A study was done using pregnant sheep, and they found that loud impulses can damage the inner ear of the sheep fetus. http://www.shotgunworld.com/bbs/viewtopic.php?t=103012

    In my opinion, it’s not worth the risk. I had to make the same choice when my wife was pregnant with our son (who is 1 year old now). She took a hiatus from shooting until the baby was delivered. Your wife can take the CHL after the baby is born. You do your job, as a man, to protect your bride during these especially vulnerable months.

    1. avatar Delmarva Chip says:

      Perhaps there’s a virtual range that she could use with the sound turned off so that she can practice shooting at “real” targets without the lead/noise exposure?

      That and dry fire are what I think would be the best options.

    2. avatar Juliesa says:

      Thanks. I suspected that. All the more reason to make suppressors easily available. For the children.

      Although I understand the noise isn’t completely suppressed, why have laws that make it harder for people to protect their hearing?

  4. avatar Tex300BLK says:

    What does it accomplish that justifies the risk? Just dont… seriously.

    I will add, most ranges I have ever been to prohibit it… so if she’s showing its a no go even if you decide to screw the potential consequences.

  5. avatar Duke says:

    I wouldn’t. Not so much for the lead but the noise would probably be a really bad idea.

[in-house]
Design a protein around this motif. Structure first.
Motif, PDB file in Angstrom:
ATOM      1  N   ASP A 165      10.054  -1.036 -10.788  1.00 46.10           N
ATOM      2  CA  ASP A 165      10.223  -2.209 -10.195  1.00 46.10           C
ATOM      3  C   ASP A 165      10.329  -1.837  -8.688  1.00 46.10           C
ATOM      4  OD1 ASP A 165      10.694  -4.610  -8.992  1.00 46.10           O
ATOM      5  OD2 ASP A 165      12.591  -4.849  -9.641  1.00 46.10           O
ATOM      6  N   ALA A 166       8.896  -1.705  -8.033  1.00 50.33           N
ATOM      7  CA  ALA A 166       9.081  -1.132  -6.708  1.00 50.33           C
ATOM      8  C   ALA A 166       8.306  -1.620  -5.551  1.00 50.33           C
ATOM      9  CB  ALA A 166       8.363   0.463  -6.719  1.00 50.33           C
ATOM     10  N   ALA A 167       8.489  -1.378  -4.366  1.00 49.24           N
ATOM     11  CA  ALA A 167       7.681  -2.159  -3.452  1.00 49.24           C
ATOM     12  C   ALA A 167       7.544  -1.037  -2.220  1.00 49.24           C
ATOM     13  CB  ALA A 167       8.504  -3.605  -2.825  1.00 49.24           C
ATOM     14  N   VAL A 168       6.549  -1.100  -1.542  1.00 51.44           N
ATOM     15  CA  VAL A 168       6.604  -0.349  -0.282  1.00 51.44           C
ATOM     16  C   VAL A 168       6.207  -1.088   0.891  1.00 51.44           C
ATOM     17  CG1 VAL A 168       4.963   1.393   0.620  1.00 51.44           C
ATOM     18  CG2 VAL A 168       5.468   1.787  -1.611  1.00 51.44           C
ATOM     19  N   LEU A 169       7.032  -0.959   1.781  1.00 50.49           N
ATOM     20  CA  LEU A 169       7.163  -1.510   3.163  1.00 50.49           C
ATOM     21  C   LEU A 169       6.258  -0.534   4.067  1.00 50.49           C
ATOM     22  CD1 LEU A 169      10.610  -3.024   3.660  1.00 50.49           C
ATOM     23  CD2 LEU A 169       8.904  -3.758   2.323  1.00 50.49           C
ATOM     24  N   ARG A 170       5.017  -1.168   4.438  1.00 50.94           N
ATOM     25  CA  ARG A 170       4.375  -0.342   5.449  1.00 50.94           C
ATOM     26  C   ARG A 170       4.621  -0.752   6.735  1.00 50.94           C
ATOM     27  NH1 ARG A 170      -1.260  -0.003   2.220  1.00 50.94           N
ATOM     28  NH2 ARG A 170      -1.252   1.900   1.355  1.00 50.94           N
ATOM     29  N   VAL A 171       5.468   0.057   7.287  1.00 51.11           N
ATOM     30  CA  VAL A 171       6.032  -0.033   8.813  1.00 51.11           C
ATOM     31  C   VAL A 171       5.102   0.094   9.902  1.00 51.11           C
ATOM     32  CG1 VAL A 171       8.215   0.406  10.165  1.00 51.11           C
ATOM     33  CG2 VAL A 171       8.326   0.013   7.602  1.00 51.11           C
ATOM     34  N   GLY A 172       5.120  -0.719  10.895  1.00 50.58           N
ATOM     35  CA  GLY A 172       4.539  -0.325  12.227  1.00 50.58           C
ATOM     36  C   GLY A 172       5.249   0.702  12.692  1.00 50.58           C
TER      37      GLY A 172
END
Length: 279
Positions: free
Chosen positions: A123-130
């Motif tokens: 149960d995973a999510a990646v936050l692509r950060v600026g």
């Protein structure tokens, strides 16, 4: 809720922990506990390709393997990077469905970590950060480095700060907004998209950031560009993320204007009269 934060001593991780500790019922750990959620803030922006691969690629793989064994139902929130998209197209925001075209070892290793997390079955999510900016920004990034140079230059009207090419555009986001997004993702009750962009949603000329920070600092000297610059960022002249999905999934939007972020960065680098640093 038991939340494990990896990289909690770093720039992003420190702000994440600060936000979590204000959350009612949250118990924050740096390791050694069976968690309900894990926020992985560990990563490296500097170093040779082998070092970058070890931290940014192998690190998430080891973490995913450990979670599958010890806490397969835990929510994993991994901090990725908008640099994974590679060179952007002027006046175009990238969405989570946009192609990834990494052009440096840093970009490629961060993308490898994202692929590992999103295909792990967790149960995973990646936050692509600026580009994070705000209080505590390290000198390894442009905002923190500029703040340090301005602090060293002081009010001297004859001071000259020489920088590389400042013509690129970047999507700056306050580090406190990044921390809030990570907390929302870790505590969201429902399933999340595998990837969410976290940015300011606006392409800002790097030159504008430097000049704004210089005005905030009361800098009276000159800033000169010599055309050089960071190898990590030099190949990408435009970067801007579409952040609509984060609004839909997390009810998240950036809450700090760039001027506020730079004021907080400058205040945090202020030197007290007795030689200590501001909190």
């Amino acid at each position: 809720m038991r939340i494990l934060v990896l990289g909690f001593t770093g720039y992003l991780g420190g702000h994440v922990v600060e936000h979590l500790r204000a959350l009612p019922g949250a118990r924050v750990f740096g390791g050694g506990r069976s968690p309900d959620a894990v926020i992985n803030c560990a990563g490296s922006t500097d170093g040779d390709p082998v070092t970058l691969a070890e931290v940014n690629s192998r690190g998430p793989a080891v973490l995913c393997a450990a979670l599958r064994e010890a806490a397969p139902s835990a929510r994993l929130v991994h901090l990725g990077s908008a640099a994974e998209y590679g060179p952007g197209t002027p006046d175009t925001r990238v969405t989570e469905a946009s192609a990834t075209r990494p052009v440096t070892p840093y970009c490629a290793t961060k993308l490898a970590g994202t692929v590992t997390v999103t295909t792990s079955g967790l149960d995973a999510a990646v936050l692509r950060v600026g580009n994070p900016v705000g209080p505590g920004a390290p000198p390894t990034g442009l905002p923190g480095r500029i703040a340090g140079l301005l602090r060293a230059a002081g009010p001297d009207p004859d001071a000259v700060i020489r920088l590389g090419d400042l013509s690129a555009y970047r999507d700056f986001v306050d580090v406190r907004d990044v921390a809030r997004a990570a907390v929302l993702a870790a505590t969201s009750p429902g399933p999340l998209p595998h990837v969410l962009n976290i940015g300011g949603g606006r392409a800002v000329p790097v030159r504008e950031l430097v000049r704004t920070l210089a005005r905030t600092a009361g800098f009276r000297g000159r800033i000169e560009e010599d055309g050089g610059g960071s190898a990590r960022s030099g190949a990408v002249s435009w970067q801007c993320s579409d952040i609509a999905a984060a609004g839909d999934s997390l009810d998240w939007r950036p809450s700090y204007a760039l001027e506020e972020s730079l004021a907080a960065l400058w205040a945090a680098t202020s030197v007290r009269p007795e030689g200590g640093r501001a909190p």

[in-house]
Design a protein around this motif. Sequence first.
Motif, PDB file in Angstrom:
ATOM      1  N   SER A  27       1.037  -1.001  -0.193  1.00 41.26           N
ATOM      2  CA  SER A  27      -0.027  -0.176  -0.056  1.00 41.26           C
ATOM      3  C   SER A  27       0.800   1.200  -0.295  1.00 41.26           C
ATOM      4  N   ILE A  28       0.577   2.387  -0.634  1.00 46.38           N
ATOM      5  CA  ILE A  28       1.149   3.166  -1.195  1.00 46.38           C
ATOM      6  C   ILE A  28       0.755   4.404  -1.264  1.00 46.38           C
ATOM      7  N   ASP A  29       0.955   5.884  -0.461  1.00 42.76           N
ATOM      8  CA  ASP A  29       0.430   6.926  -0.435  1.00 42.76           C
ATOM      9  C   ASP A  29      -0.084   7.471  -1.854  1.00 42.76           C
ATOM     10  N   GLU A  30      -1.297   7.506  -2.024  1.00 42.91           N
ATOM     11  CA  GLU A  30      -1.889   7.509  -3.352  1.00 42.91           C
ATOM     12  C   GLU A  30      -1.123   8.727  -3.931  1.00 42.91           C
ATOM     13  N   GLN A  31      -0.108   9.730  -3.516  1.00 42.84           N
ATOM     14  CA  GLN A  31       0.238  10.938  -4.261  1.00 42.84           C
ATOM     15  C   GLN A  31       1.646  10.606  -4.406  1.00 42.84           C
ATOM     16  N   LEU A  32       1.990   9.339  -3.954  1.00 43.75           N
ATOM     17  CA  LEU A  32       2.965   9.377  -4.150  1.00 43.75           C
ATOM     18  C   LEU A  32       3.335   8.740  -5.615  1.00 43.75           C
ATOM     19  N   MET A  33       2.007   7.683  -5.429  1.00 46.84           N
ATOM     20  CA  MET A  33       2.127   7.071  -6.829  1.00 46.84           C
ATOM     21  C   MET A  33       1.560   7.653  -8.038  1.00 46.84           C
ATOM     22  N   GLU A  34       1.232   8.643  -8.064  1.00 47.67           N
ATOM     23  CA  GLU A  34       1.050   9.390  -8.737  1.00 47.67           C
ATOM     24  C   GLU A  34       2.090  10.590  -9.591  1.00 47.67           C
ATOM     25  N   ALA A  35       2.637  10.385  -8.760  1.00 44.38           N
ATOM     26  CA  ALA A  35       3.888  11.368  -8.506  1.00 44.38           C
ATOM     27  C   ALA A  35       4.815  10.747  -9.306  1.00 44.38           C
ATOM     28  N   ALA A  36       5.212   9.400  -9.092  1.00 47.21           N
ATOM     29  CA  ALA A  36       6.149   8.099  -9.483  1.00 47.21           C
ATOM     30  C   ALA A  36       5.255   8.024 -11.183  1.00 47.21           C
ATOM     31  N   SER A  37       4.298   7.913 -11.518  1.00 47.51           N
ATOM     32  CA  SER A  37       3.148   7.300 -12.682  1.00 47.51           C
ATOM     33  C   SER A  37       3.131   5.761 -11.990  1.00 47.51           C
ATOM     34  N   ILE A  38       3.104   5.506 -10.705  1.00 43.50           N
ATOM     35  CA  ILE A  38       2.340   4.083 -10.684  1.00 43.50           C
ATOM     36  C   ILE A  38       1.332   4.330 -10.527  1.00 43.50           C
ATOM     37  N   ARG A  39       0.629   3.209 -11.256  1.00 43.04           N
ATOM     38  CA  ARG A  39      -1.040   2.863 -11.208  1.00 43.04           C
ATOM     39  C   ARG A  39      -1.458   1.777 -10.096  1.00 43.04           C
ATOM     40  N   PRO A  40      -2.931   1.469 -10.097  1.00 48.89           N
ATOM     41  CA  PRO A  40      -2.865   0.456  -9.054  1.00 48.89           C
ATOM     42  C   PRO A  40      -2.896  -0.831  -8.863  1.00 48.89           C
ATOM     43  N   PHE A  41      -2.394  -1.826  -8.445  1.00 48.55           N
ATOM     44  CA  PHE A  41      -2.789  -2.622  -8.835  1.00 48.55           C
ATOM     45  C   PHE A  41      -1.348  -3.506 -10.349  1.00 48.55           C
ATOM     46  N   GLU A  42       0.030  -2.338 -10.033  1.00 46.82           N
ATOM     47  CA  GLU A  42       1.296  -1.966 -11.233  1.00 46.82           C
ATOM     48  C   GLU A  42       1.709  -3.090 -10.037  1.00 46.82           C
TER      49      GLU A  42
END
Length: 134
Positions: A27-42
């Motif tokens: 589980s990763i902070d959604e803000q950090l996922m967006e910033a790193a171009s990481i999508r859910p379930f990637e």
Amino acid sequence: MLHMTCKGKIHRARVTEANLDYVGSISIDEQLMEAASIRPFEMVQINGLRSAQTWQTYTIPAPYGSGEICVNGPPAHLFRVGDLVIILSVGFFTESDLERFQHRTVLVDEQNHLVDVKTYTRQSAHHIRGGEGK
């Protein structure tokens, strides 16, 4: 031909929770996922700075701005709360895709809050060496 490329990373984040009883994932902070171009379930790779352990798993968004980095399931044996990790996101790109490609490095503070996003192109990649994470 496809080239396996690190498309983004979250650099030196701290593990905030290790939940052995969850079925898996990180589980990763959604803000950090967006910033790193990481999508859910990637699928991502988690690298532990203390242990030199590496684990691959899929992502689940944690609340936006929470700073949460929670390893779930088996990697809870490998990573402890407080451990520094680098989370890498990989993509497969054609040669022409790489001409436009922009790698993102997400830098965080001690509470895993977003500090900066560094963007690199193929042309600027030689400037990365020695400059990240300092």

1. avatar Gene says:

      Hearing is at about 16 weeks, apparently (http://www.whattoexpect.com/pregnancy/your-baby/week-16/ear.aspx)

      Having said that, there’s a big difference between going to a public indoor range where folks are using larger and noisier calibers vs going to your own property and shooting subsonic 22’s outside (68 db?). http://pediatrics.aappublications.org/content/100/4/724.full is an interesting read.

      As other’s have suggested, PB exposure is easily mitigated by adequate hand washing, not smoking while shooting, etc.

      But, I’m not s doctor or anything….

  6. avatar mark_anthony_78 says:

    More proof that the government should “un-ban” suppressors…

    For the children, of course.

    1. avatar ReadMore says:

      ^+10000

    2. avatar Juliesa says:

      Oh I hadn’t seen your comment when I posted above. You way beat me to it.

    3. avatar Cuteandfuzzybunnies says: